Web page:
A Maverick Eye: The Street Photography of John Deakin is, by all means, a vintage photo book at this point since it came out in 2002. And in many of my studies of street photography, I’ve never really encountered his work or his name before. I don’t remember how I inherited this book — perhaps I picked it up while walking around Park Slope, Brooklyn with my then-girlfriend as folks tend to leave stuff on their stoops for people to just take. And as it is, it’s not even necessarily a book that I’d buy.
Right off the bat, I needed to do research on who John Deakin was. Lots of places online speak of his street photography. But his most fascinating work to me is his double exposures. And his work (what you can find of it) for Vogue is far better — though it can also be argued that he worked with a different caliber of talent than people on the streets. As it is, too, his Soho photography isn’t even in this book. All of this doesn’t make it worth the $93, and I’m glad I didn’t pay for it.
The book is 99% perfect in terms of layout and trying to do justice to the photos presented within. There is an introductory text that gives sufficient background on John and the sections within the book. This text, which is a healthy 30 or so pages, is worth reading. But I skimmed through it and found quite a bit of wit and fascinating quotes worth re-reading and sharing with friends and family.
The book only splits prints down the middle of the book fold fewer times than I can count on my hands. And visually speaking, I think that’s wonderful with the real estate space available.
Because it has a more sheen finish, I recommend reading this book in soft light and propped up to soften the reflections. Ideally, I’d do it on a cloudy day with southern light coming in from a window.
John’s photos are fascinating and inspiring in some cases. You can pour over the photos and wonder what he was thinking about in the images. In several others, it’s pretty clear. I’m specifically speaking to the street portraits — which have a timeless beauty to them. Others, such as his cityscapes, leave me wondering why these photographs were chosen to be in the book in the first place. This perplexes me even more as when I did online research, I found a bunch of his work that was positively incredible. But within this book, I feel like we’re only seeing his rejects. In the context of looking at his contact sheets, I think that’s very cool and on point with current trends.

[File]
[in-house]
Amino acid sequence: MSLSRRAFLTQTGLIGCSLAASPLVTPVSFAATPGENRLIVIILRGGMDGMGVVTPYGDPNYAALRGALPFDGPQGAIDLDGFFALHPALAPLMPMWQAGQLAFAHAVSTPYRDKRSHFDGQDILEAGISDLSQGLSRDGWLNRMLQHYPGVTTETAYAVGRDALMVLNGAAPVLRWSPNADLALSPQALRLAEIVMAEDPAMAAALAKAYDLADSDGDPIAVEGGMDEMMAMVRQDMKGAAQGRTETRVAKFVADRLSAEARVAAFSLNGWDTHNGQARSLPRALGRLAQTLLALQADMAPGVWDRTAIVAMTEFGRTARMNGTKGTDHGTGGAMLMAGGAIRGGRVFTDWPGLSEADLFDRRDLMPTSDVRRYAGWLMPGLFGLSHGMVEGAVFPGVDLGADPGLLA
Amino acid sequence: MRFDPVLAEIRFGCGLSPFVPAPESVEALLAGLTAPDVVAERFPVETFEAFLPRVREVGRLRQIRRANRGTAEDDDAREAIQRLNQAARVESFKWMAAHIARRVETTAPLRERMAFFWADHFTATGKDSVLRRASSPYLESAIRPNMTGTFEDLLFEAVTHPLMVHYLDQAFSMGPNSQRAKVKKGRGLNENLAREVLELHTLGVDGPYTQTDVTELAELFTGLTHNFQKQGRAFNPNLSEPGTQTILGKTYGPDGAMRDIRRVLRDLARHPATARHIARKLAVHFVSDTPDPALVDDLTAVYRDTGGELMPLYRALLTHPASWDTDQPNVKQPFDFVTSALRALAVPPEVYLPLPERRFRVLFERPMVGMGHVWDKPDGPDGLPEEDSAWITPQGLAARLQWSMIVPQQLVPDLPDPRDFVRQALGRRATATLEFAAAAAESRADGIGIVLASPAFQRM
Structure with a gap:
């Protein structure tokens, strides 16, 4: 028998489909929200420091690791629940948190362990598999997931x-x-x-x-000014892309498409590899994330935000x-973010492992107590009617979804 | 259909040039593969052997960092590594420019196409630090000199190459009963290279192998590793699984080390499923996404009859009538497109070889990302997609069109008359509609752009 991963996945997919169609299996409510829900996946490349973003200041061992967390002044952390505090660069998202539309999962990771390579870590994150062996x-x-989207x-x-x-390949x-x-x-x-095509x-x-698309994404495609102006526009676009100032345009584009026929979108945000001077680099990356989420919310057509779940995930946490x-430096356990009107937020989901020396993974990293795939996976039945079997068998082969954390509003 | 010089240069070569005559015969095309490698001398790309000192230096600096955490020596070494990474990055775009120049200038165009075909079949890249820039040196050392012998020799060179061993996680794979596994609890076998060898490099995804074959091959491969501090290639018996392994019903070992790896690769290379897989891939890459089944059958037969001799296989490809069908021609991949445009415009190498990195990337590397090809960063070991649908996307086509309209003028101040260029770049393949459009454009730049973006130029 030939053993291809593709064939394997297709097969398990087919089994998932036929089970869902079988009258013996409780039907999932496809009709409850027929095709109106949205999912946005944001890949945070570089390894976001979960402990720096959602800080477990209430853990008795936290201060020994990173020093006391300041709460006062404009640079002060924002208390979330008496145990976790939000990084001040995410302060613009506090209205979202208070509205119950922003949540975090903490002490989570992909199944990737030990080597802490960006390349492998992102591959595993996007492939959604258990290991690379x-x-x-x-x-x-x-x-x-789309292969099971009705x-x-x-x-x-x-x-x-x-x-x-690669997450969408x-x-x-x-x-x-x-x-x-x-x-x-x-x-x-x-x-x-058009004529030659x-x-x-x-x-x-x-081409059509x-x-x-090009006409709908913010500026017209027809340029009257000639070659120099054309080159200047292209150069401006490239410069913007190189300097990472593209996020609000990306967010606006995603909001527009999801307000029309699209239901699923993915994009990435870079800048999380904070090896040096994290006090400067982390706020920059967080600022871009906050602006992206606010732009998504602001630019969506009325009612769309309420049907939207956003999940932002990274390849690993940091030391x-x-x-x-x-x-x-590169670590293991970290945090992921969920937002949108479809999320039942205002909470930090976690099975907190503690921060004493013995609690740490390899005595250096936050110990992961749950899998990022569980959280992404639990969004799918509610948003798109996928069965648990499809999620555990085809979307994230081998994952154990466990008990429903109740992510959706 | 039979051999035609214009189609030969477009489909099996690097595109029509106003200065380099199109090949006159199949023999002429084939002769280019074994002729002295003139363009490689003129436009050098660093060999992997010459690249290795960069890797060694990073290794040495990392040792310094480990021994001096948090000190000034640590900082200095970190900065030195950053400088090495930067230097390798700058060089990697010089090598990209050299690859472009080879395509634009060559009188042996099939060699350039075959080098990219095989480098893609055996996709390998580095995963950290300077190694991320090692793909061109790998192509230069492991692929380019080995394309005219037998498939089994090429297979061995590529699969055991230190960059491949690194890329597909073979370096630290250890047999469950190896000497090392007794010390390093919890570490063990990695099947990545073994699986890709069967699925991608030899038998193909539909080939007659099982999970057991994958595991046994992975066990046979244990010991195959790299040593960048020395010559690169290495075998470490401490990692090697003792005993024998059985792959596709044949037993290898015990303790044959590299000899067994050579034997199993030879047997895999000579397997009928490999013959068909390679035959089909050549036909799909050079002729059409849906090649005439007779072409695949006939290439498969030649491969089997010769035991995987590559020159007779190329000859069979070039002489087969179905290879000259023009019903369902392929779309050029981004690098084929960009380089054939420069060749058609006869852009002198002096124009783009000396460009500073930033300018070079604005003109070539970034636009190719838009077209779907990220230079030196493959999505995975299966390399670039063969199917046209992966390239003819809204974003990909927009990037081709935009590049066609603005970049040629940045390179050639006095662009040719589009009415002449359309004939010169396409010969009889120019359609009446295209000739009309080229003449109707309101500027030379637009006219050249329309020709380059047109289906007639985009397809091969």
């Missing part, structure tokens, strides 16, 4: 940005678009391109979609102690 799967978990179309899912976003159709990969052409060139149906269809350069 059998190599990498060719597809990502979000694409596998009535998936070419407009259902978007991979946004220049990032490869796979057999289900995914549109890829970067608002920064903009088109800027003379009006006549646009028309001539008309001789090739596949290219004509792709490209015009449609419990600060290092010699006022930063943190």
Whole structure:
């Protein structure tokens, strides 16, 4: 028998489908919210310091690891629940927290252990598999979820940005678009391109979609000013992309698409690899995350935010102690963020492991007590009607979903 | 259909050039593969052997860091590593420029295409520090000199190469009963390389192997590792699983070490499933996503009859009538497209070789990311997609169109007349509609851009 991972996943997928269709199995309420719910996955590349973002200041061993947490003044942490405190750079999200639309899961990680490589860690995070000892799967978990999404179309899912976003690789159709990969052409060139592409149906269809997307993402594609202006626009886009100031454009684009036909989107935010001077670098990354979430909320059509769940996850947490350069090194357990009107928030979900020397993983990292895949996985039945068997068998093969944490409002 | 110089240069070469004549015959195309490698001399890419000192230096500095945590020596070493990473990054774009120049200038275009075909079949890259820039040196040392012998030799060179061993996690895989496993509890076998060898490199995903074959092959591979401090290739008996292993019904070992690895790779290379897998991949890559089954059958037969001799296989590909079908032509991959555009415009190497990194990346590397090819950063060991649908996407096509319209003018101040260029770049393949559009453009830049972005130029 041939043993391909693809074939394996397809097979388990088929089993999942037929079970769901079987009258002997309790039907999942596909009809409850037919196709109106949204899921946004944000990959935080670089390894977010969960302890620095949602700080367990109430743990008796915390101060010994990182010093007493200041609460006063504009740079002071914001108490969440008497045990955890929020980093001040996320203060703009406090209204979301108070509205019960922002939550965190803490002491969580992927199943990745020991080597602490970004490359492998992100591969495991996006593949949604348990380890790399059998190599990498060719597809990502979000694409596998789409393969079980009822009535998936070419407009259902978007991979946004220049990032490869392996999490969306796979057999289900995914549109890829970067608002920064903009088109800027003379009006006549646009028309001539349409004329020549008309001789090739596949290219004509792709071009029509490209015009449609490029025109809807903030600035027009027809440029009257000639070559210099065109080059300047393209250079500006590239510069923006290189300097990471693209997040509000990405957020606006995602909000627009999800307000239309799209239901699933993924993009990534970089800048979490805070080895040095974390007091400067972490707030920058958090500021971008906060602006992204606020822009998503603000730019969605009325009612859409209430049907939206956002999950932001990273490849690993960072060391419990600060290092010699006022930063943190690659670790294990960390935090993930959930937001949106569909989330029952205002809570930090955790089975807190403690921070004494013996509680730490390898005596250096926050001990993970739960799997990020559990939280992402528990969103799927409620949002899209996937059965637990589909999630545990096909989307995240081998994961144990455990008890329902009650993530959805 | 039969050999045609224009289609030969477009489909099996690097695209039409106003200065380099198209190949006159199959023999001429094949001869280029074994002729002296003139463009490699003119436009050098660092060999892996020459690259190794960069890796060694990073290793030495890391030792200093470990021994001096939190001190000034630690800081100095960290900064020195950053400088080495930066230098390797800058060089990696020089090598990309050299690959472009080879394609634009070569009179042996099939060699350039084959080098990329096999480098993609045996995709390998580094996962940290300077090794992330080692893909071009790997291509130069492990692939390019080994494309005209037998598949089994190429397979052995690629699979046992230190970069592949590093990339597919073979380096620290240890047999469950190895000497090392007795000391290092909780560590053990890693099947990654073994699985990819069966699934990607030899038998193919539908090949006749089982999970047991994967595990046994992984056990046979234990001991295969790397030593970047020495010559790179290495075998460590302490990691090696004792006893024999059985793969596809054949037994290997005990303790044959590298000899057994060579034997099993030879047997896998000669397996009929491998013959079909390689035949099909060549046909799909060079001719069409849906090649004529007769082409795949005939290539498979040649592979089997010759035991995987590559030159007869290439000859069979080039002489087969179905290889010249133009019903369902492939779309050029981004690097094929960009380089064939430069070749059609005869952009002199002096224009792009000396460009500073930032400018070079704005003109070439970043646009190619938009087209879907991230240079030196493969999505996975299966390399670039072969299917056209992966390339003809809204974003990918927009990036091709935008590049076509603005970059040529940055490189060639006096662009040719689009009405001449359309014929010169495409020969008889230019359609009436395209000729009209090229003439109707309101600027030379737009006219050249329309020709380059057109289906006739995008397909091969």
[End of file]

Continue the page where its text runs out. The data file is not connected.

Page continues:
Specifically, the book still leaves me wanting more and not in a good way. John’s photos of Paris are curious as they show off tidbits of the city that you wouldn’t think about or see otherwise. It’s when the book gets to covering the work he did in Rome and London that things become more visually fascinating.
For the time period, these photos are pretty mediocre. But the print quality in and of themselves are very nice to look at aesthetically. Conceptually, several of the photos fall completely flat. And if they were ever presented on a projection screen with someone talking about them, the audience would slowly start to leave or get very bored.
Overall, I don’t think that this photo book does justice to John and the work of his that I’ve found online. Skip this one, if you ever have an opportunity to check it out.